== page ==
|Jmol interactive 3D||Image|
|Molar mass||302.09 g/mol|
|Melting point||< −120 °C (−184 °F; 153 K)|
|Boiling point||65 to 66 °C (149 to 151 °F; 338 to 339 K)|
Except where otherwise noted, data are given for materials in their standard state (at 25 °C [77 °F], 100 kPa).
|what is ?)(|
Perfluorobutanesulfonyl fluoride (nonafluorobutanesulfonyl fluoride, NfF) is a colorless, volatile liquid that is immiscible with water but soluble in common organic solvents. It is prepared by the electrochemical fluorination of sulfolane. NfF serves as an entry point to nonafluorobutanesulfonates (nonaflates), which are valuable as electrophiles in palladium catalyzed cross coupling reactions. As a perfluoroalkylsulfonylating agent, NfF offers the advantages of lesser cost and greater stability over the more frequently used triflic anhydride. The fluoride leaving group is readily substituted by nucleophiles such as amines, phenoxides, and enolates, giving sulfonamides, aryl nonaflates, and alkenyl nonaflates respectively. However, it is not attacked by water (in which it is stable at pH<12). Hydrolysis by barium hydroxide gives Ba(ONf)2, which upon treatment with sulfuric acid gives perfluorobutanesulfonic acid and insoluble barium sulfate.
Commercially available NfF is contaminated with 6-10 mol % perfluorosulfolane derived from its production. This is readily removed by vigorously stirring the commercial material with a concentrated aqueous solution of K3PO4 and K2HPO4 in a 1:1 molar ratio for 96 hours. This treatment, followed by removal of the aqueous layer and distillation from P2O5, gives a product that contains >99 mol % NfF with near quantitative recovery.
Synthesis of aryl and alkenyl nonaflates
As mentioned above, aryl and alkenyl nonaflates are useful as electrophiles in palladium catalyzed cross coupling reactions. Their reactivity generally mirrors that of the more commonly encountered triflate electrophiles, but nonaflates tend to be less prone to hydrolysis to ketones (in the case of alkenyl sulfonates) and phenols (in the case of aryl sulfonates). Their resistance to hydrolysis makes nonaflates superior electrophiles in Buchwald-Hartwig couplings, where this side reaction can be deleterious to yields of the desired product.
The sodium enolates of β-ketoesters react with 1.15 equivalents of NfF to give the corresponding alkenyl nonaflates in high yield. Ethyl 2-methylacetoacetate (R=R'=Me) gives the geometrically pure E isomer by this method.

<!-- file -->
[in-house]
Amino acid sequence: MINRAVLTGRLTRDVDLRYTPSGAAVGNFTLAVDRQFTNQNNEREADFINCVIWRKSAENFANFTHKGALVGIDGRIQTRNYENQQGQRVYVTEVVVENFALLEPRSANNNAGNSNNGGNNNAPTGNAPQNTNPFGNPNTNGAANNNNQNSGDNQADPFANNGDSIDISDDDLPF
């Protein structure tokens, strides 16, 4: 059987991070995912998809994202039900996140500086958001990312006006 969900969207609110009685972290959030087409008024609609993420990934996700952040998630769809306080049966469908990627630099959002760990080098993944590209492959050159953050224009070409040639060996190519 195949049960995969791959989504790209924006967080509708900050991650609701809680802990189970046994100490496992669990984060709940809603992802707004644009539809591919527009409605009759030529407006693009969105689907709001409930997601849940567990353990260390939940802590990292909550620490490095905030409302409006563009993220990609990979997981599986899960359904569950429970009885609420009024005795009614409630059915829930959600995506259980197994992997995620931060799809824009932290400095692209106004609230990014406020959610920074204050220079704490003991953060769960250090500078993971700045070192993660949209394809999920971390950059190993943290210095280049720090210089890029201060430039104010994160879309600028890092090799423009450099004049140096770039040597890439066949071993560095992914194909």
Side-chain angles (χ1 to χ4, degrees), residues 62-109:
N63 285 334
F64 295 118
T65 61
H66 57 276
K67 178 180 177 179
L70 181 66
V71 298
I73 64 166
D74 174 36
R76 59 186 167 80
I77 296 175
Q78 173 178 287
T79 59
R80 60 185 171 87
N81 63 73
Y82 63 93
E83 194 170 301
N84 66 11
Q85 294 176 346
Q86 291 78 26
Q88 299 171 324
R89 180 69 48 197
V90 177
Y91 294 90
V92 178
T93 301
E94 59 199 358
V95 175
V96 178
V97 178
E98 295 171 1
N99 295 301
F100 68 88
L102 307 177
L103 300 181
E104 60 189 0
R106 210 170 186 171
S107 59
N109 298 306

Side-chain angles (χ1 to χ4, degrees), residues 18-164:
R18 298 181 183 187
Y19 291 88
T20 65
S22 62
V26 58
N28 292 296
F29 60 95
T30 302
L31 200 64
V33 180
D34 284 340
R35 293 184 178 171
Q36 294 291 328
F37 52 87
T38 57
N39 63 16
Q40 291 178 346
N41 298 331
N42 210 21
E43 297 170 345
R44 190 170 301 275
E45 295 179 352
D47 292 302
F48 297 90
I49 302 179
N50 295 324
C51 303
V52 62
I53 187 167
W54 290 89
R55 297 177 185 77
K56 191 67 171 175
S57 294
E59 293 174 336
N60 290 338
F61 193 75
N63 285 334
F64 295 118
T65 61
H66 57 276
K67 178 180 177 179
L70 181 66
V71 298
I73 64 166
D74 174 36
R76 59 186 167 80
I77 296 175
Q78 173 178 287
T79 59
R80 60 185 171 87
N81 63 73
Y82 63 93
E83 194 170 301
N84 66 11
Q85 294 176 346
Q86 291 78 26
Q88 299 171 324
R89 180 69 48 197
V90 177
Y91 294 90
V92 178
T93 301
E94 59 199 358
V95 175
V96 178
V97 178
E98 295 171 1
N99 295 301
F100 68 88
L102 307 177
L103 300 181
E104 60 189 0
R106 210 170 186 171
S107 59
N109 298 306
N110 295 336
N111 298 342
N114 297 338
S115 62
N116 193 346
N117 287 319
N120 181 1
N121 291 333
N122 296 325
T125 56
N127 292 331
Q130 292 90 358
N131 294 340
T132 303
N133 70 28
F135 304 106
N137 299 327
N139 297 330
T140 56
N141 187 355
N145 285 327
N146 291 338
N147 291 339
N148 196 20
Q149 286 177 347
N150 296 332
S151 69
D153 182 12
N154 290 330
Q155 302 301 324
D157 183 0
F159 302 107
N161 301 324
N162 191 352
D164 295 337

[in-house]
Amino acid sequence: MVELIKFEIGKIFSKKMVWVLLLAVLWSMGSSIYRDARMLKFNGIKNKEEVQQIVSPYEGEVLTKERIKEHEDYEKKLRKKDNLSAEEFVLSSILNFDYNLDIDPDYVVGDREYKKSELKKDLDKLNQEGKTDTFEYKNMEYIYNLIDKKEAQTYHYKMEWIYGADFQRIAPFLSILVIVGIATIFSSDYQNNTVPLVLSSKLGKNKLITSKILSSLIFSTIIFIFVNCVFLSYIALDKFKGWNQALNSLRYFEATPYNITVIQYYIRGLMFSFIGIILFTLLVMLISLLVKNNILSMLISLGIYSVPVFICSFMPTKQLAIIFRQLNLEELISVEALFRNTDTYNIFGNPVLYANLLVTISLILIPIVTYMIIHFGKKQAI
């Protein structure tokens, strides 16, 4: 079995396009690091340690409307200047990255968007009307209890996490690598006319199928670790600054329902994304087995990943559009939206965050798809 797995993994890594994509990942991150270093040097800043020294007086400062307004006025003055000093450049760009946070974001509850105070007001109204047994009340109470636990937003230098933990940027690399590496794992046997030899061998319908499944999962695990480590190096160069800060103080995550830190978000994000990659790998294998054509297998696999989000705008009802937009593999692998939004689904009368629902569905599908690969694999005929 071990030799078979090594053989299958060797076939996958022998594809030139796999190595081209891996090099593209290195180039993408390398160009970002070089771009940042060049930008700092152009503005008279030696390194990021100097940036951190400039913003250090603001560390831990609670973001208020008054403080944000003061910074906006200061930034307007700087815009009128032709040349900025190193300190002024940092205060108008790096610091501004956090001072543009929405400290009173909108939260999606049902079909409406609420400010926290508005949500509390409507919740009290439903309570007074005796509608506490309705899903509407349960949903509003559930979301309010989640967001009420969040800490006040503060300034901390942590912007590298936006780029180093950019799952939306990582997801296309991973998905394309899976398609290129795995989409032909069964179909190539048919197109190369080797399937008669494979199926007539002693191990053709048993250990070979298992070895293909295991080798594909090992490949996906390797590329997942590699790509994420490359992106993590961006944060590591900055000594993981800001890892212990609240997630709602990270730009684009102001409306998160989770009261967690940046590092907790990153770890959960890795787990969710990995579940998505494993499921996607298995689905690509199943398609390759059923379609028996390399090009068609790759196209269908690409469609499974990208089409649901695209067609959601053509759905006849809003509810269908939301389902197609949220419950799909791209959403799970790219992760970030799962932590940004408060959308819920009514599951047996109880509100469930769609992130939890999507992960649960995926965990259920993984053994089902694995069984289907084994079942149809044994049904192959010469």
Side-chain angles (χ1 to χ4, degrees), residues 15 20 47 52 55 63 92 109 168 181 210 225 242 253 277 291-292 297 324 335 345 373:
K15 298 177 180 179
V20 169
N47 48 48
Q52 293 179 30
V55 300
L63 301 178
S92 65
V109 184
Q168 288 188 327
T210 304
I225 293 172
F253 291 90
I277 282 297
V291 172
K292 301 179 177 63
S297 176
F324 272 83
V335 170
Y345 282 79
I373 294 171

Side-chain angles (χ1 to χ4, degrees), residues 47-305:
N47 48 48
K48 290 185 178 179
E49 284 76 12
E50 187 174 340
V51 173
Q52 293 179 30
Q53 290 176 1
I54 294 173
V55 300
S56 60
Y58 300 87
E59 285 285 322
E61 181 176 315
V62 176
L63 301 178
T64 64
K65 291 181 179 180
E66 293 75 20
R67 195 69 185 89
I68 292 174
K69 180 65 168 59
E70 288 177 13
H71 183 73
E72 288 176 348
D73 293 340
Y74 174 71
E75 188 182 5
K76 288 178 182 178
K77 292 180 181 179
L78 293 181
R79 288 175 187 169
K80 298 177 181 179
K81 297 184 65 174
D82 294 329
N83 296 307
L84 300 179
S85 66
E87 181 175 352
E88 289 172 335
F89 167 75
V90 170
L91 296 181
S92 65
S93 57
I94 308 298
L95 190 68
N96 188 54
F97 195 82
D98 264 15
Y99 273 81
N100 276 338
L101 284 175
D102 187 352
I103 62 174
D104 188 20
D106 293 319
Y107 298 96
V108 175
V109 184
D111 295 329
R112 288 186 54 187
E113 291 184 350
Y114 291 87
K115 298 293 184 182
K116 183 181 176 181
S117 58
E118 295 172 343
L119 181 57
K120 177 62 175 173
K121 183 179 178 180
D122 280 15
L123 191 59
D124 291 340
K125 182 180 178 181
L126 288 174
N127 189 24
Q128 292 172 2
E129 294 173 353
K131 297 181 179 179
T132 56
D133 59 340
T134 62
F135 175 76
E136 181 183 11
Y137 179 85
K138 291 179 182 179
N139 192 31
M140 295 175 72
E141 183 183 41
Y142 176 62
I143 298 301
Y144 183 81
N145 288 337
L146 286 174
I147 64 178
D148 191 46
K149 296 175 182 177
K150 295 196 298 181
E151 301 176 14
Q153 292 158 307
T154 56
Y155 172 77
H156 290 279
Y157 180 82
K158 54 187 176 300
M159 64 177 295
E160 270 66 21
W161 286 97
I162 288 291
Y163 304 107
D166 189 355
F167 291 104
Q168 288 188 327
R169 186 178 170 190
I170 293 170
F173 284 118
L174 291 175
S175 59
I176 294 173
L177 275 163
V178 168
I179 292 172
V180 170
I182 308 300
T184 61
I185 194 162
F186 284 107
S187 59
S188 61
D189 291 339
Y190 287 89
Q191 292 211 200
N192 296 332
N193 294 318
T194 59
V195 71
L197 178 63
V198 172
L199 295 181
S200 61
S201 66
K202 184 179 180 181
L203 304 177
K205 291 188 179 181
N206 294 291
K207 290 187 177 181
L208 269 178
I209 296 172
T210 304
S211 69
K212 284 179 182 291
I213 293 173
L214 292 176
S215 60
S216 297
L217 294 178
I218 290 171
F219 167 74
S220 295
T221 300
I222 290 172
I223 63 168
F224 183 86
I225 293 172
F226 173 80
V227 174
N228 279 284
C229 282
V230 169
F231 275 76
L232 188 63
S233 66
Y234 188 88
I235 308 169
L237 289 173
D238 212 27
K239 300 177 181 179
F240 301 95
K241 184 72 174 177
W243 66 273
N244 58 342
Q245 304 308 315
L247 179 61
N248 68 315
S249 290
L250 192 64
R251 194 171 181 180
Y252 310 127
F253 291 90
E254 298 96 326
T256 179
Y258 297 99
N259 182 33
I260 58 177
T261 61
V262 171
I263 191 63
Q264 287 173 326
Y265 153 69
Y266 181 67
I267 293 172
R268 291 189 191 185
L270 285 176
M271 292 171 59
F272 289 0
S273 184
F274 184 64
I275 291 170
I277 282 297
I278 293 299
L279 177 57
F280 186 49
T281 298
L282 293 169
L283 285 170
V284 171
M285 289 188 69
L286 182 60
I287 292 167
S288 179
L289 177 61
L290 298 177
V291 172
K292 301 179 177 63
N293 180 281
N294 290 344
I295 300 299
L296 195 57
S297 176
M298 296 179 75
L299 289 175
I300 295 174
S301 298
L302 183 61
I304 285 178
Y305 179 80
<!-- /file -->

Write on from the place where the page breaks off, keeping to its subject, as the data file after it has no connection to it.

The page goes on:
Simple aldehydes and ketones react with NfF in the presence of bases such as DBU or phosphazenes to give alkenyl nonaflates in high yields without formation of a discrete enolate. Use of the P2 phosphazene base at -30 to -20°C gives the less substituted alkenyl nonaflate with unsymmetrically substituted ketones. Similar reactions with triflic anhydride generally require the use of the expensive 2,6-di-tert-butylpyridine to achieve high yields.
The reaction of enolates with NfF depends strongly both on the structure of the enolate and its metal counterion. The lithium enolates of methyl ketones give mixtures of products derived from electrophilic attack on the O (expected) or C (unexpected) atoms of the enolate. This effect is particularly evident with the lithium enolate of pinacolone, which gives a 2:1 mixture favoring C-attack. More substituted lithium enolates give only products of O sulfonylation in variable yields.
Trimethylsilyl enol ethers react with NfF in the presence of a substoichiometric fluoride source at 0°C to ambient temperature to give alkenyl nonaflates in moderate to good yields. Dried Bu4F was the preferred fluoride source in one study, but CsF has been used in difficult cases with excellent results.
Aryl nonaflates can be prepared straightforwardly from phenols and NfF in the presence of bases such as potassium carbonate and Et3N in near quantitative yields. Stronger bases such as NaH and BuLi can also be used, but they tend to give somewhat lower yields.
Reaction With Alcohols
The reaction of NfF with alcohols highlights the lability of alkyl nonaflates – in most cases, the final product of the reaction is either an alkyl fluoride (from F− attack on the intermediate alkyl nonaflate) or an olefin (from elimination of NfOH from the intermediate nonaflate).
Synthesis of bis-nonafluorobutanesulfonimide (Nf2NH)
NfF reacts with ammonium chloride in the presence of triethylamine in acetonitrile to give the triethylammonium salt of the superacidic bis-nonafluorobutanesulfonimide in 97% yield. The corresponding potassium salt is obtained by treatment of a methanolic solution of the triethylammonium salt with KOH. The acid is obtained by ion exchange chromatography of the triethylammonium salt with Amberlite IR-100 as the stationary phase and methanol as the eluent. The actual species produced in the latter procedure is likely MeOH2+ Nf2N−.
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